Cat abuse charges dropped against teenager

Charges against a Shady Cove teenager arrested for allegedly setting a cat on fire in December have been dropped, the Jackson County District Attorney's Office announced Thursday.

The 17-year-old boy was taken into custody Feb. 10, cited for first-degree animal abuse and lodged at the Jackson County Juvenile Community Justice Building. Deputies from the Jackson County Sheriff's Department originally suspected the boy did not act alone in harming the cat, who was later named Meshach for his escape from fiery danger.

However, Jackson County sheriff's investigators weren't able to place the teen in the area where the abuse was thought to have occurred.

The teen told deputies that he had an alibi for the time of the abuse. Investigators were never able to disprove the alibi, the Jackson County District Attorney's Office said in a news release.

An acquaintance told police that the teen had bragged about setting a cat on fire. Oregon law demands that a confession must be corroborated by independent evidence. A press release from the District Attorney's Office said a confession without any details that would not have been available to the public would not be enough to proceed on a juvenile petition.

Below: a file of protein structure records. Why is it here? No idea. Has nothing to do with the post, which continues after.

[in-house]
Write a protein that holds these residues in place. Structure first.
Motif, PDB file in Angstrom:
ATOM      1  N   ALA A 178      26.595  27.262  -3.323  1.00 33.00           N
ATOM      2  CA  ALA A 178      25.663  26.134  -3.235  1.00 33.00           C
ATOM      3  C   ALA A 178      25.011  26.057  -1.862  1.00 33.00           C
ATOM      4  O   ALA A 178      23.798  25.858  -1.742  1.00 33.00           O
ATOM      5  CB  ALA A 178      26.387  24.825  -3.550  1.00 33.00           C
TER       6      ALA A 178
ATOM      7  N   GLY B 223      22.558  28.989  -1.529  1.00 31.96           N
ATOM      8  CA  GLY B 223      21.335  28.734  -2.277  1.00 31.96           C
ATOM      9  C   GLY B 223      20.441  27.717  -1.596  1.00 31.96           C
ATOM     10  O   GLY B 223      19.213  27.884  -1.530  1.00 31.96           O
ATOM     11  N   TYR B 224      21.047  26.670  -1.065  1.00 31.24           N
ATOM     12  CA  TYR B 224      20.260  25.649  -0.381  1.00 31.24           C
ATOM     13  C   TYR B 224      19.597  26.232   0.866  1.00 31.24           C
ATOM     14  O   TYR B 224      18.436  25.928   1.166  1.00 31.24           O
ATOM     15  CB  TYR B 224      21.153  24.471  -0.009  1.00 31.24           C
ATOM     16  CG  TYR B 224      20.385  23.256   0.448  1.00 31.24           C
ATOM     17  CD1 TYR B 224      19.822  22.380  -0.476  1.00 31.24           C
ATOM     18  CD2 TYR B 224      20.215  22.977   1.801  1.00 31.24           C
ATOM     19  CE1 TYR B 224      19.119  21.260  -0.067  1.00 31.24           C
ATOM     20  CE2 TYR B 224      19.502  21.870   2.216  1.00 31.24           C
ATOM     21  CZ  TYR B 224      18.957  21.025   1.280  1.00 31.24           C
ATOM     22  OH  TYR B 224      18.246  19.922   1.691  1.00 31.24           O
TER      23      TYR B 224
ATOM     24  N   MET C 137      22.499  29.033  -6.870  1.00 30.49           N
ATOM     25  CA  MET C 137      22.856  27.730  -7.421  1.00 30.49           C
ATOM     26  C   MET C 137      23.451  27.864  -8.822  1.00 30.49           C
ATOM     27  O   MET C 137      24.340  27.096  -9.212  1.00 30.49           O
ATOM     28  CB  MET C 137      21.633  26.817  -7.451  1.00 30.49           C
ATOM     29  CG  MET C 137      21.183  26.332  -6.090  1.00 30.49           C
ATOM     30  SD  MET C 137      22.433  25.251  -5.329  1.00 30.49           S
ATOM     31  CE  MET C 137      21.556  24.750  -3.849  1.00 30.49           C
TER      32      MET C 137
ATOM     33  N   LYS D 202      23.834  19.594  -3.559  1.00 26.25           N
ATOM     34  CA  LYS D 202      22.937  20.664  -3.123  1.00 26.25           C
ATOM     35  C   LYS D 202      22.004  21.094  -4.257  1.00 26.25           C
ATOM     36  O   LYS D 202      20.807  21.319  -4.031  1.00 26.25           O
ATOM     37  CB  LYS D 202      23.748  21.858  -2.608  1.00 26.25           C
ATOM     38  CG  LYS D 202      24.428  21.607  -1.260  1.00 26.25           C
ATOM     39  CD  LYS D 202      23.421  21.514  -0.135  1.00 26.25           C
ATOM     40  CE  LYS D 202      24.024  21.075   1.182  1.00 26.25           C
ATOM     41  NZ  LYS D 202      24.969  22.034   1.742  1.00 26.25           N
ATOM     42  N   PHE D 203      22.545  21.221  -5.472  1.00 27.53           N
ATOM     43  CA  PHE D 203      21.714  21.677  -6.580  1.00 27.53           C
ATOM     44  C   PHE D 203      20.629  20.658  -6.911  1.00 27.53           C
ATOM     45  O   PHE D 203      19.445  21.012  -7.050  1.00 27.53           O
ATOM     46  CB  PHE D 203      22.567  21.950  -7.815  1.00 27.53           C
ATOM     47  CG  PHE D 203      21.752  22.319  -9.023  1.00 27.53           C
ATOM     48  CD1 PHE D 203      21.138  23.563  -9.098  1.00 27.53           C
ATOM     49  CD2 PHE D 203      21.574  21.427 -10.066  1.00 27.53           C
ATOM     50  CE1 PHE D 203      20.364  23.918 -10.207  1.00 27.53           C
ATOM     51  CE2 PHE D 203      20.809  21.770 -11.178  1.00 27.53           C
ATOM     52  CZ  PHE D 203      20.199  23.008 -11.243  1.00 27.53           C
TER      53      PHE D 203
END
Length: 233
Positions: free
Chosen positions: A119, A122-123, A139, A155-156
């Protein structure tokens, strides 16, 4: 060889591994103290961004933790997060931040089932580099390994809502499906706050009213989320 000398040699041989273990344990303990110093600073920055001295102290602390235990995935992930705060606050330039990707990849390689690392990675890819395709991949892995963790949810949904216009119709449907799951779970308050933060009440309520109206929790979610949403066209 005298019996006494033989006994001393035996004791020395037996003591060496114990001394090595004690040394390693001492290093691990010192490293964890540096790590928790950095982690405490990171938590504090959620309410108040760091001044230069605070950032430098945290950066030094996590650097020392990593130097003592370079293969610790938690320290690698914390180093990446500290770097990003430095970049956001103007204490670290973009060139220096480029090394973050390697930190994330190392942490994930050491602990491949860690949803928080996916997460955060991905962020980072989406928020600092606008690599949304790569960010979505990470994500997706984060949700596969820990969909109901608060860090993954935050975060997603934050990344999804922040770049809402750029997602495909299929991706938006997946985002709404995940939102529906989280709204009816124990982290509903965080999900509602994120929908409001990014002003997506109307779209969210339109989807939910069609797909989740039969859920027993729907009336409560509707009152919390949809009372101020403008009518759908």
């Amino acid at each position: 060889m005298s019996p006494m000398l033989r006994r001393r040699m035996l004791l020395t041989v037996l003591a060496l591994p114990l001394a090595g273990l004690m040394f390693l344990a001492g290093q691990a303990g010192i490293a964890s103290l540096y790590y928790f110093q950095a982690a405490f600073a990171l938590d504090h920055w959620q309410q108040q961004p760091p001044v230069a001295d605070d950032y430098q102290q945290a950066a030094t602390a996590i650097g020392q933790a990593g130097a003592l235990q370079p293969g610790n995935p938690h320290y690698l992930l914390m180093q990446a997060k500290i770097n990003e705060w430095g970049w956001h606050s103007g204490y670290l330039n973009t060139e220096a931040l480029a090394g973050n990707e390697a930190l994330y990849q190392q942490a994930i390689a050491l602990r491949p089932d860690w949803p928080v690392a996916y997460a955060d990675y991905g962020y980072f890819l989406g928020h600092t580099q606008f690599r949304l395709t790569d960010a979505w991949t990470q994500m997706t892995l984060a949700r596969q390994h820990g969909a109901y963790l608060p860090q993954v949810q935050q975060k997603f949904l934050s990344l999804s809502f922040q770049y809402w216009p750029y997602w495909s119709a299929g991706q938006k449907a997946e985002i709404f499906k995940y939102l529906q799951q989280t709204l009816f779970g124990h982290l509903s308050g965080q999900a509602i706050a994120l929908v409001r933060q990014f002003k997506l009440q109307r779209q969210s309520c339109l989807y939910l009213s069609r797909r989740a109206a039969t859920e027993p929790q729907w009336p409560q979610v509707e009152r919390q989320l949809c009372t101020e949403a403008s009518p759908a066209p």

The case remains under investigation by the Jackson County Sheriff's Department.

The stray orange cat had been hanging around the home of Eagle Point residents Michael and Summer Finn, who had been feeding him. On Dec. 22, the cat showed up with severe burns on his face, ears and beneath his tail.

Police concluded the fire had been started purposefully by a liquid accelerant, as the cat's feet had not been burned and he didn't have any respiratory problems. Both are common for pets who have been trapped in structure fires. The cat was first taken to Jackson County Animal Control, then to Best Friends Animal Shelter in Talent. Staffers named the cat Meshach in reference to the biblical character thrown into a furnace. He later transferred to Sanctuary One Animal Shelter to continue healing.

Sanctuary One officials and the Humane Society offered a $5,000 for information leading to the arrest and prosecution of criminals involved in the burning shortly after Meshach's story first began circulating through the media.

Meshach was adopted by a woman who lives in Talent and at last report was doing well and had recovered from his injuries.

Reach reporter Ryan Pfeil at 541-776-4468 or by email at

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